Bridget Jones’s Baby

Starring: Renee Zellweger, Colin Firth, Patrick Dempsey, Strange Political Statements

Director: Sharon Maguire

Running Time: 123mins

Synopsis: Over 40 and still single, Bridget, flighty and still prone to consistent diary ramblings, is thinking her life is on track. Two random and unexpected encounters with ex Mr Darcy (Firth) and newcomer Jack Qwant (Dempsey) lead to getting pregnant and torn between the two men.


It’s tough to review a film that is not at all aimed at my demographic. How can I relate to a female led tale about lost love, biological clocks ticking and the pressures of being a woman in today’s society? Not a lot as it happens. Quite a number of moments of soppy female wish fulfilment passed me by with little emotion. However I still found much to like. Warm, funny and wittily scripted. It’s pretty delightful.

Arriving at the dawn of the millennium, the first Bridget Jones was a calling card for young women. Portraying a 20-something with candidness and a certain truthfulness in amongst the trappings of a fantastical rom-com. It marked Zellweger out as real comedic talent, and gave us the immortal sight of Firth and Grant duking it out. The 2004 sequel Edge of Reason was, however, pretty dire. Entirely forgettable and missing all of the wit of the first. Now, 12 years later, we return to her life. Successful in work, less so in her love life. Bridget is fighting off the need to settle down and follow the set path society says women should follow.

Hereafter it all gets rather thin, meets handsome man, shags him then runs into ex, whom still has feelings for, shags him also. A few weeks later, pregnant and none the wiser as to the father. The paper light plot is covered over with some funny set-pieces, heartfelt moments and a decent cast. Zellweger returns to the film world, after a long hiatus and what appears to be a new face, and proves what a comedic talent she can be. Nailing the British accent with aplomb and managing to be physically funny whilst delivering witty comebacks with terrific timing. She brings huge amounts of emotional substance to scenes that could easily turn saccharine.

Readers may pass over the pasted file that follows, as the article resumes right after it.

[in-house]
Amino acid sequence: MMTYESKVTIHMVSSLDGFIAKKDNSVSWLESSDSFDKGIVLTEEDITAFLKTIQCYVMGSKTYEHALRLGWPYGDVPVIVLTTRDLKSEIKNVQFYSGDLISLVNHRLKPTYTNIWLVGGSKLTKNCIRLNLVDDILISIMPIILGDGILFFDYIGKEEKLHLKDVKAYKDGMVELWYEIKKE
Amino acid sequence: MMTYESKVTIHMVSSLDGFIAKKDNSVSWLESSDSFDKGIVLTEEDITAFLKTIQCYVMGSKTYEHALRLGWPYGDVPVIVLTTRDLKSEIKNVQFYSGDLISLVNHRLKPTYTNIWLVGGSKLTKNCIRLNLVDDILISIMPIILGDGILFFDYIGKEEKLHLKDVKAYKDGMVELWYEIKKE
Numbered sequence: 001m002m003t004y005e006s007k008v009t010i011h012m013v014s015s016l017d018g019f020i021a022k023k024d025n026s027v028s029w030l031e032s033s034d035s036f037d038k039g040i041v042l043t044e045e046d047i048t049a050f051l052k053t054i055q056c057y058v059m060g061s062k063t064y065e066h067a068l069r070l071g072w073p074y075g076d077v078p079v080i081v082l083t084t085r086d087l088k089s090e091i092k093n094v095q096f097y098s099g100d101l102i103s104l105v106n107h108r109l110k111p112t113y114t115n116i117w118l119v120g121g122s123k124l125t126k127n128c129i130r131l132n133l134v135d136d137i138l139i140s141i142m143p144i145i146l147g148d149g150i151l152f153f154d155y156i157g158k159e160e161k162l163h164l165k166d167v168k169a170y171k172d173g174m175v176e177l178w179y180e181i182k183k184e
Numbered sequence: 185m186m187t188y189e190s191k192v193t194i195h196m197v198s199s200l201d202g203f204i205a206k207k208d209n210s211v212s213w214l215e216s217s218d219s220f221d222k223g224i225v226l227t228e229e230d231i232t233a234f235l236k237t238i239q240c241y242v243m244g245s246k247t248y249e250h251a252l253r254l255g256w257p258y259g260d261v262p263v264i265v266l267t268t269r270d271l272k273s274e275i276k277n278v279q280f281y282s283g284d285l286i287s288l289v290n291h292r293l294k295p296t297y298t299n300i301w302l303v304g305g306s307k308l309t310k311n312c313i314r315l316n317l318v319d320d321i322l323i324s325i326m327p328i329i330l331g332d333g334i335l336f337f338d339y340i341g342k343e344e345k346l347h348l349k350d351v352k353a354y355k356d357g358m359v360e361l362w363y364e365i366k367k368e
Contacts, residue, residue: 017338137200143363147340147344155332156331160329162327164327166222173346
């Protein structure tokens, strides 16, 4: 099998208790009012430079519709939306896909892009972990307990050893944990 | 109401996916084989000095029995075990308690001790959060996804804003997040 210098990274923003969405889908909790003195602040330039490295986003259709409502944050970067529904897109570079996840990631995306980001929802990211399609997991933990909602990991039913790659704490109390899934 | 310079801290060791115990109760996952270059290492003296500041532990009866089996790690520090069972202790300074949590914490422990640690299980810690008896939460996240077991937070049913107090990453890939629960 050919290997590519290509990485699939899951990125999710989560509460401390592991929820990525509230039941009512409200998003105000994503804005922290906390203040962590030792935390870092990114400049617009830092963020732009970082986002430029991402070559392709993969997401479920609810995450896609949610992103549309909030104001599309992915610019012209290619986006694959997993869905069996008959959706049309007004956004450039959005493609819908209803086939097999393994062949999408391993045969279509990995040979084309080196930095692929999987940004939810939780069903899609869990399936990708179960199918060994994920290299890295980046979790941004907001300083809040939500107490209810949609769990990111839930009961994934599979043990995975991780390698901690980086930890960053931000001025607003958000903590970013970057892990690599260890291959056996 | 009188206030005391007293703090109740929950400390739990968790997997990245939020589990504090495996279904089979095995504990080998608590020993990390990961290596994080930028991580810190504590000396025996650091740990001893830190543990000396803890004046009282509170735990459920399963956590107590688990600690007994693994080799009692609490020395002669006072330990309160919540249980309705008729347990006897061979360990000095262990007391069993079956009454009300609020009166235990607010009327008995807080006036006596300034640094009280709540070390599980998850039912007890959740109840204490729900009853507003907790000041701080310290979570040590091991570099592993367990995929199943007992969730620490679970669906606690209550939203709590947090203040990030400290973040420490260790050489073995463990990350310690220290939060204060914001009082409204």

The two men are sadly both just a little too unbelievable. Coming just on the wrong side of wish fulfilment. Dempsey takes the brunt of this. All smiles, and romantic gestures. He is what we call movie perfect, no man like him exists in real life. Firth is not much better. An old school gentlemen sort, the type Firth does best (see Kingsman, Kings Speech etc), intellectual, well-off, emotionally closed off. Another form of female fantasy. He does, however, bring some much needed soul to it all. Firth is too good an actor and elevates the material to a place where you feel real sympathy for him. Plus the man carries a suit better than anyone.

The surrounding cast are a selection of decent comedy performers and proper British institutions, such as the immensely lovable Jim Broadbent. They all contribute towards frequent gentle laughs. There are a couple of laugh out loud set-pieces, but the tone is one of lightheartedness rather than raucousness. One person to single out is Emma Thompson, who stars as Bridget’s doctor as well as contributing to the script, bringing a dash of acerbic wit to her character and I suspect to the script as a whole. She is a national delight as always and lights up the screen whenever she’s on.

The female influence extends round to returning director Sharon Maguire, she skipped the second film, who should be praised for her solid direction. Never flashy but capable and controlled. Although it could’ve used a tighter edit, 2hrs is much too long for a plot as thin as this, and it has some odd political messages shaking around. The scenes featuring Darcy representing female empowerment leaders are heavy handed and unnecessary. Not to mention all the scenes involving Bridget’s workplace. Apart from a few funny moments and a couple of great characters, it’s an unusual mix of political soapboxing and thoroughly unbelievable machinations. She makes so many utter cock ups that you start to question how she was taken on in the first place. Plus none of it seems to go anywhere except to add to the already overlong running time.

And yet it is hard to find too much fault with something so full of warmth, lighthearted frivolity and characters to root for. I was genuinely surprised at how much I enjoyed it.

Verdict: It goes on far too long but there is much to enjoy in this belated trilogy closer. Quintessentially British; witty, earnest and drily funny. I may not be the intended audience but you cannot help but be warmed by something so endearing. A successful delivery for this Baby.


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